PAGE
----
By now, even non-vegans have probably eaten some delicious and not-so-delicious meat substitutes. There are plenty of tasty options out there to satisfy any appetite, which is a definite plus.
Just because you’re eating vegan doesn’t mean that normal nutritional rules suddenly don’t apply. Deep-fried and breaded foods might taste good, but deep down, all of us know that they’re not very good for us — even if they’re entirely plant-based.
Here’s a rough guide to finding the vegan meat substitutes that are best for you, according to nutrition experts.
Vegan dietary concerns go beyond protein.
No matter how old you are, vegans need to make it a priority to get enough Calcium, Iron, Omega 3 fatty acids, Protein, and Vitamin B12.
From a young age, we’re taught that calcium helps us build strong bones. But from about age 35 — when our bodies stop building our bones up — we still need to get plenty of calcium in order to prevent osteoporosis. Soy is an excellent plant-based source of calcium — but there are others as well.
Plant-based sources of iron include soy-based products, peanut butter, dark green leafy vegetables, and whole grains including brown rice and whole oats, according to registered dietitian and nutritionist Jaime Rose Chambers of Eat Fit Food.
Omega-3s are found in great quantities in fatty fish — which you aren’t eating if you’re vegan. In the plant world, freshly ground flax-, lin-, and chia seeds contain omega-3s — as do walnuts.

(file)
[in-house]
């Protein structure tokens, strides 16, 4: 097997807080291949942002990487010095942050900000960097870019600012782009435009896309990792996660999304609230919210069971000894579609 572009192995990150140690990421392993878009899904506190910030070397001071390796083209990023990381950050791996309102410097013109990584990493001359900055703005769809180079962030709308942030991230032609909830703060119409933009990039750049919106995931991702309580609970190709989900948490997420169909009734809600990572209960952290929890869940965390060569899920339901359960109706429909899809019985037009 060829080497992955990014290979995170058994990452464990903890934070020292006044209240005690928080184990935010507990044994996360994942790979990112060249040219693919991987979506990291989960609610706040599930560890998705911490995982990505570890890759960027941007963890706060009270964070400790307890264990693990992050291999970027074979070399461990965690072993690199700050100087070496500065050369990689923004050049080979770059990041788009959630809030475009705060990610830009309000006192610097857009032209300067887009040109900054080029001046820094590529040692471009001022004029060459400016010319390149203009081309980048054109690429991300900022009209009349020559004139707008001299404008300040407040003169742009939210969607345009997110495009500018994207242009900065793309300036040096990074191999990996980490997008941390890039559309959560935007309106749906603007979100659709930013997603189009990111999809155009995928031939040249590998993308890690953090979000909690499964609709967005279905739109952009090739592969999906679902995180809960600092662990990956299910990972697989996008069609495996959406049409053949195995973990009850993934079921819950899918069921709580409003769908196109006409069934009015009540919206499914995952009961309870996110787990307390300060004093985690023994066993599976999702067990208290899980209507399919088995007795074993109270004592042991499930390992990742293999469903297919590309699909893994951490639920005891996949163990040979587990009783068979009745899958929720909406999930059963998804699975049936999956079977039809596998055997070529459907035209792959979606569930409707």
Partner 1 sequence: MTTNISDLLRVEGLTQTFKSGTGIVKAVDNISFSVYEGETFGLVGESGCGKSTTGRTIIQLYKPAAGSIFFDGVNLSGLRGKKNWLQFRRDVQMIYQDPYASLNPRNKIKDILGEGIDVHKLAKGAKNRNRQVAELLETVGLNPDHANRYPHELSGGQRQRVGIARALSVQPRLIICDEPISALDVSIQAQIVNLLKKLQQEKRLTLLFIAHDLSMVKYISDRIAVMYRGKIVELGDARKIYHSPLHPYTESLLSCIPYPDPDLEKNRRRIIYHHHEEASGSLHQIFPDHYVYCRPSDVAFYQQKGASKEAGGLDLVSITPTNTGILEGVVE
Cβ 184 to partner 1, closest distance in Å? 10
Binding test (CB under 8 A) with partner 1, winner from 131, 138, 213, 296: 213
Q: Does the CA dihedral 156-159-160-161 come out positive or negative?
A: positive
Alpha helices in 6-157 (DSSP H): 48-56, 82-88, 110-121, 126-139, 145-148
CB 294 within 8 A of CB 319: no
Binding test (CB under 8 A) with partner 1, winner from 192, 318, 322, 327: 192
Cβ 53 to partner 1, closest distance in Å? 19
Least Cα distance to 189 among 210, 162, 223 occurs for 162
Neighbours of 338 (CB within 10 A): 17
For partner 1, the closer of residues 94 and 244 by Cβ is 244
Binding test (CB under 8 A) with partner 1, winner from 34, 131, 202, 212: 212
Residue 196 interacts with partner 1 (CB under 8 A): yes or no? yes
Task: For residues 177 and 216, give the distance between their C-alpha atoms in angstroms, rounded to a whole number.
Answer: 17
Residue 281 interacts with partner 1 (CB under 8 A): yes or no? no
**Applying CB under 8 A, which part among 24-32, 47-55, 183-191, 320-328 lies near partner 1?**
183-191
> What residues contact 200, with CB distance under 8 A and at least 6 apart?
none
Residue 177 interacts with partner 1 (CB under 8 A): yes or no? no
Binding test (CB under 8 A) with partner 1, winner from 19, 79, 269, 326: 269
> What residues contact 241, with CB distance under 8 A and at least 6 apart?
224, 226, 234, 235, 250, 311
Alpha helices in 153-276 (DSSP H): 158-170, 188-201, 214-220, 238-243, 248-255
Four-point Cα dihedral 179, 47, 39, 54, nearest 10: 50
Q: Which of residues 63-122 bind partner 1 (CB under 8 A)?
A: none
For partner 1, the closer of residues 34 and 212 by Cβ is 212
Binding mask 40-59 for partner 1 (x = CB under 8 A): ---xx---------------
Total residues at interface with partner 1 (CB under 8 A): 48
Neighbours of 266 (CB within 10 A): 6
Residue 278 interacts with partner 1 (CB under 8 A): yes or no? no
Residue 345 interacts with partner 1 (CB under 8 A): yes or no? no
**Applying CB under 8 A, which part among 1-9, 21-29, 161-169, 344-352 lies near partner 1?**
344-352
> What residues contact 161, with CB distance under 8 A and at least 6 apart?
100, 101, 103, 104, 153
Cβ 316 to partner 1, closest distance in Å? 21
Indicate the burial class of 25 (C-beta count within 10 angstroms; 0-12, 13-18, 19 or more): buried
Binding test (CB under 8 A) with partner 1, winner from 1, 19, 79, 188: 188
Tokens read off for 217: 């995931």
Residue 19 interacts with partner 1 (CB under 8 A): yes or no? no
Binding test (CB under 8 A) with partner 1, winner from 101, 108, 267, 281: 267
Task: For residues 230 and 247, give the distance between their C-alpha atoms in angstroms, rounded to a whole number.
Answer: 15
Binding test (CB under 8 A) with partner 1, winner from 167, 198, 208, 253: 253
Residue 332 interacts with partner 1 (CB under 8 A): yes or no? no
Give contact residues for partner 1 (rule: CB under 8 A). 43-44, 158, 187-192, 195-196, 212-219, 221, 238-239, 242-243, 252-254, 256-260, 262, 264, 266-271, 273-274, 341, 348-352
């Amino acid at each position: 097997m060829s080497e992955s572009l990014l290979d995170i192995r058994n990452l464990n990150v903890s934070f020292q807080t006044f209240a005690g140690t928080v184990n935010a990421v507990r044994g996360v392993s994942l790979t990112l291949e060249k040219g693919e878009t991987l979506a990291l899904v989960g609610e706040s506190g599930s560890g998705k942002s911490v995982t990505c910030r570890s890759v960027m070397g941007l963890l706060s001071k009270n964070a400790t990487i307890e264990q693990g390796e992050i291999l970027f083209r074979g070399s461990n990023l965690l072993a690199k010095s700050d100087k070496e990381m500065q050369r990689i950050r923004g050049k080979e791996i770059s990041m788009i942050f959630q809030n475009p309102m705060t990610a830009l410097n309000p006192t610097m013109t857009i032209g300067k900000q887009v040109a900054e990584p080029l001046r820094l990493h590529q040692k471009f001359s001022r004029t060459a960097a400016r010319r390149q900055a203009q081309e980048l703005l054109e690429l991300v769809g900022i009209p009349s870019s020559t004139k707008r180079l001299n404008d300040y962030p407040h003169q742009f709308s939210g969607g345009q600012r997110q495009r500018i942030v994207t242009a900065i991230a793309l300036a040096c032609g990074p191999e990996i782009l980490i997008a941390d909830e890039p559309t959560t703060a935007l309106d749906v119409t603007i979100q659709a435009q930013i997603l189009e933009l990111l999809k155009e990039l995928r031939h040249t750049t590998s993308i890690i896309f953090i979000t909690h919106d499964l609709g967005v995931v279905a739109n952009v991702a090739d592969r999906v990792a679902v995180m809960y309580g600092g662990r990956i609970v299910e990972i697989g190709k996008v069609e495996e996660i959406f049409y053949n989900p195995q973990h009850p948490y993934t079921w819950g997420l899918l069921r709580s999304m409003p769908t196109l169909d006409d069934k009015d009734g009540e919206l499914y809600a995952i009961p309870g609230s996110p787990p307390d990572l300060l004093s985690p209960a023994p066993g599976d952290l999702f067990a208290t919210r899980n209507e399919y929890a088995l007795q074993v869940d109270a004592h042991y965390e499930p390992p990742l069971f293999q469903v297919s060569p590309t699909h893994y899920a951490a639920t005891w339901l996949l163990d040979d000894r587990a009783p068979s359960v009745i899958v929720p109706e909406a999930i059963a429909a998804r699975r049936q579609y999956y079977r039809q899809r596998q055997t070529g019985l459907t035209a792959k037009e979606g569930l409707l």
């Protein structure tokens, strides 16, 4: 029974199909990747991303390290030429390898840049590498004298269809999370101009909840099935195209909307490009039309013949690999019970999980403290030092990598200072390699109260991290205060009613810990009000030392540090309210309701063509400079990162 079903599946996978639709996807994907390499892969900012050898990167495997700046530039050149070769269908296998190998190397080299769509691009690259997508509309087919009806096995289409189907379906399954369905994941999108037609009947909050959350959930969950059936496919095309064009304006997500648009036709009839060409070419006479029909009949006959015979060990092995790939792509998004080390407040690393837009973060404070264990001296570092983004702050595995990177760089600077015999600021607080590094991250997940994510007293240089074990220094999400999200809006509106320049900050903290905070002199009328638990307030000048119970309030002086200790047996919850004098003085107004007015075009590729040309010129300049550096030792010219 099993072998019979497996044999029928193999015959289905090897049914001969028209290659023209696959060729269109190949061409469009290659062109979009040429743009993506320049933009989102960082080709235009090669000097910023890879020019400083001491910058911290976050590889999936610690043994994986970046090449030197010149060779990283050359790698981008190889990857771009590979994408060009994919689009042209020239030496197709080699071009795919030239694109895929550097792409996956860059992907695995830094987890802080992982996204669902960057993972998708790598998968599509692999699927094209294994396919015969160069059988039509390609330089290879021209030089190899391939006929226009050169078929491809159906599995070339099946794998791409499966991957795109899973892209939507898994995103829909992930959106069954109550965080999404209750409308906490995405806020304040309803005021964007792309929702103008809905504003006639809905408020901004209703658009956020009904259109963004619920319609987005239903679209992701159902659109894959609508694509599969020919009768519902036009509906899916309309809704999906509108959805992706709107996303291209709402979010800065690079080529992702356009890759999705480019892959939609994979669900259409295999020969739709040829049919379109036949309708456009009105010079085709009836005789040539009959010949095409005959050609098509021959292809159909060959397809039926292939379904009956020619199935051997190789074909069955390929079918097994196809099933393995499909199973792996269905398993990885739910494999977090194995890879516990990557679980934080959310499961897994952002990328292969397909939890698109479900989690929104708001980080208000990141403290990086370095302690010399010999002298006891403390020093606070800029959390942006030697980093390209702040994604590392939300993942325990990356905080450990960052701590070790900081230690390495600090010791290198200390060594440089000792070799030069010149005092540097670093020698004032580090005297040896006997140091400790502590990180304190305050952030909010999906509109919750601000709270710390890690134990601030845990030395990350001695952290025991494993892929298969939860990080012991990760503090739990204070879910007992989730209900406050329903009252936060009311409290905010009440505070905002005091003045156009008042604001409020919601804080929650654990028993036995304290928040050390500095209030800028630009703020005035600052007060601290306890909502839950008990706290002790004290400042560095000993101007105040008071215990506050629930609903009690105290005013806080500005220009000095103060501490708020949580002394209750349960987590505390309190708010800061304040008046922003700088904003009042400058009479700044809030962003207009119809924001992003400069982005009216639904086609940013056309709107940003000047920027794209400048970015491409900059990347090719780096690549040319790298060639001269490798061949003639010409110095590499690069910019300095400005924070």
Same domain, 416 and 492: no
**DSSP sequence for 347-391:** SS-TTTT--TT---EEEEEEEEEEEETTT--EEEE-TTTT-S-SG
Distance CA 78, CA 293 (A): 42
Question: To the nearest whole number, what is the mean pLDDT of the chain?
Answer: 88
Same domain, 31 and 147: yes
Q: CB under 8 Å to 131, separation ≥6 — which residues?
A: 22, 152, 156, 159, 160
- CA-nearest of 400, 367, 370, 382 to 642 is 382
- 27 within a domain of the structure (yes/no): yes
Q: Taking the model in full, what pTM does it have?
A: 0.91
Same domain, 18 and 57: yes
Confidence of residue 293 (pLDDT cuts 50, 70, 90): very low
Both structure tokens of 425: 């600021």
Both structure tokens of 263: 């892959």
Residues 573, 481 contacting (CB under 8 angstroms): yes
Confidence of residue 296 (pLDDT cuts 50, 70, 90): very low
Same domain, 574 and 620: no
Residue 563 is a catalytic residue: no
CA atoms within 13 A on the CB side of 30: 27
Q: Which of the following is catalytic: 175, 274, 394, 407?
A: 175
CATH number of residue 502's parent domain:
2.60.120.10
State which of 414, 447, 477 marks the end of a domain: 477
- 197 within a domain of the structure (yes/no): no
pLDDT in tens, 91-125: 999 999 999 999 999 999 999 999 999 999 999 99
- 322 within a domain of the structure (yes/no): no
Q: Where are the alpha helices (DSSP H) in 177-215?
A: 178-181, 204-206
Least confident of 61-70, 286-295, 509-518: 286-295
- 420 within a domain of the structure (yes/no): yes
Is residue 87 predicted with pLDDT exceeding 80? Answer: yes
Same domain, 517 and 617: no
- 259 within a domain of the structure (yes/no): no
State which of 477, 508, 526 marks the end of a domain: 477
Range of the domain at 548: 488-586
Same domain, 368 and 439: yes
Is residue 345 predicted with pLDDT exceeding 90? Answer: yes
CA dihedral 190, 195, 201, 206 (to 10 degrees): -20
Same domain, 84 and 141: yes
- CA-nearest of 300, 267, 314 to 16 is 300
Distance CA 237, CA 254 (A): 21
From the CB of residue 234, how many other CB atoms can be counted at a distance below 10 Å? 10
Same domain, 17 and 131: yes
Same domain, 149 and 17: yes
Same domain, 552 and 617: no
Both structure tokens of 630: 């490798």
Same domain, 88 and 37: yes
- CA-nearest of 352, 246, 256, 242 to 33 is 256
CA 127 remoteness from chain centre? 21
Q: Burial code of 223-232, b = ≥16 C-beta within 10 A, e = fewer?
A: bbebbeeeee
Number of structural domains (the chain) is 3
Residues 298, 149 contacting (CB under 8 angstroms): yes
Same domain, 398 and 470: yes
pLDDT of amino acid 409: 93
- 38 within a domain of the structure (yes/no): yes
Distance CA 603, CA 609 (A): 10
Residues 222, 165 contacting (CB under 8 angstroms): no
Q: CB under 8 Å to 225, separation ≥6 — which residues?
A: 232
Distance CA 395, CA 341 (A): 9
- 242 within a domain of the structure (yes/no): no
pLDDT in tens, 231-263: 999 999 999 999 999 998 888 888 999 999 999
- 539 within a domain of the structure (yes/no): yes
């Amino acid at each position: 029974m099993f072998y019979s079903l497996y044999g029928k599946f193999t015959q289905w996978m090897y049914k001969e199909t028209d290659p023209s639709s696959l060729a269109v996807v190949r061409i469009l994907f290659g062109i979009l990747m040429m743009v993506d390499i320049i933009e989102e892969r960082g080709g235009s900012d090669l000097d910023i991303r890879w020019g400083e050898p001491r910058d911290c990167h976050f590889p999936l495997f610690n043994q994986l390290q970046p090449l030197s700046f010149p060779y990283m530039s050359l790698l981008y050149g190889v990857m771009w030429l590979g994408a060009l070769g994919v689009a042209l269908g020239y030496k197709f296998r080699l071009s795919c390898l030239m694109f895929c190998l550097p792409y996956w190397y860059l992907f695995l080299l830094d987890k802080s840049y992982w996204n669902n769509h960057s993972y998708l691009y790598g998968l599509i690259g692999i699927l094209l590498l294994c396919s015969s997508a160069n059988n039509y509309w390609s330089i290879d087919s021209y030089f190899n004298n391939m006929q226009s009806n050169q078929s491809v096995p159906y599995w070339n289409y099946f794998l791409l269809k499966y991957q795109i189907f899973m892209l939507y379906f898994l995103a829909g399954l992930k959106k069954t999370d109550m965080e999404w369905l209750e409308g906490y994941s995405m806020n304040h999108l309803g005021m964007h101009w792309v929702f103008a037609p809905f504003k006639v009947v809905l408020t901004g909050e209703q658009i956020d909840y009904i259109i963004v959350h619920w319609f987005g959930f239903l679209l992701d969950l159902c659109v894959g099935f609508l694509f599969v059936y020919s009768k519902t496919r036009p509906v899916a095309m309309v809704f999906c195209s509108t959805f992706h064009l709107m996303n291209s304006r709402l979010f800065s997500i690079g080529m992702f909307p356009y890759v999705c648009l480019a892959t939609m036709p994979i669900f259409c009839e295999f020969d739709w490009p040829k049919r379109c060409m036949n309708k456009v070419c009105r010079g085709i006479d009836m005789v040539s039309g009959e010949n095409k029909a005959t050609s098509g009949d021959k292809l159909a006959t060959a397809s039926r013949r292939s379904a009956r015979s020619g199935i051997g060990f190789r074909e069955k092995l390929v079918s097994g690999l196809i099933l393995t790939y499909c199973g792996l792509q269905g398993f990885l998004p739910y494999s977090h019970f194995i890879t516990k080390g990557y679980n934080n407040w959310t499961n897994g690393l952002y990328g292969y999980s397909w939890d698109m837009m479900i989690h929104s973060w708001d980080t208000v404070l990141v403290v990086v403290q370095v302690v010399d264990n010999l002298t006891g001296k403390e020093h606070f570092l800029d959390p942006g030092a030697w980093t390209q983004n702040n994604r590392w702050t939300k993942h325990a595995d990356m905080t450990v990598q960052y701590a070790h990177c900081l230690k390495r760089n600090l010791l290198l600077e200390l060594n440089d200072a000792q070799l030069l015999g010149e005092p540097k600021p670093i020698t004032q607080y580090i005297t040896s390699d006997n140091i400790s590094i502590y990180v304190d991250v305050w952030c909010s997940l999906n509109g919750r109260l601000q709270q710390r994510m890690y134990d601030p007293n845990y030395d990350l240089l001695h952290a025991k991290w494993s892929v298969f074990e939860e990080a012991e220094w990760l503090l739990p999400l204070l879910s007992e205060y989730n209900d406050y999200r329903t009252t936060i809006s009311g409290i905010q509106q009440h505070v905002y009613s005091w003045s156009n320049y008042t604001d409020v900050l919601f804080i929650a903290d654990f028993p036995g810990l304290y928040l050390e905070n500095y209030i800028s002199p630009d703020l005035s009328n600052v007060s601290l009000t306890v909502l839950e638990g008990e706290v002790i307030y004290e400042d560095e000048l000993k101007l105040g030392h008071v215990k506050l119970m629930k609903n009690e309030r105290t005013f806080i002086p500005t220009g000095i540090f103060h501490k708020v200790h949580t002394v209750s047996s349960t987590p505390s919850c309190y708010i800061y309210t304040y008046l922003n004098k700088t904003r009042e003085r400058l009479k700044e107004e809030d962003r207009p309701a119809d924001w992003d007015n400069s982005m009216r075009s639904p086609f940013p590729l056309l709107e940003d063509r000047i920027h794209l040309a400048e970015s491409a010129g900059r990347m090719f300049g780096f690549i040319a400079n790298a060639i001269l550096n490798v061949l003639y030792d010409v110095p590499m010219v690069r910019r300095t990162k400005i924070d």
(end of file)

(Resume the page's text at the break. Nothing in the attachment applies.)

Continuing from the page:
What makes a protein “complete”
The one thing that animal proteins have over plant-based proteins is this: All of them contain all nine essential amino acids your body needs on a daily basis.
Plant proteins are healthy — but are mostly not complete. Buckwheat, quinoa, and soy are three complete plant protein exceptions.
Although you might have to work harder at it, getting your protein from plant-based sources has been linked to a 12% risk reduction in dying of heart disease, according to a Harvard Medical School study that took place over a 32-year period.
Hail seitan (and tofu, and legumes, and pulses) are great options.
Vegan dietary concerns are the same as those of meat eaters in at least one way: Less processing equals healthier food choices. Seitan, tempeh, tofu, legumes, pulses, nuts, and seeds are just a few of the healthiest vegan substitutions for the nutrients that are also found in animal products.
If you either don’t like to cook or don’t think you can cook, that can make things difficult. But it’s an essential skill if you want to control sodium and other additives in your food — no matter what you choose to eat. Here are some great vegan burger recipes to get you started.
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Source:: Business Insider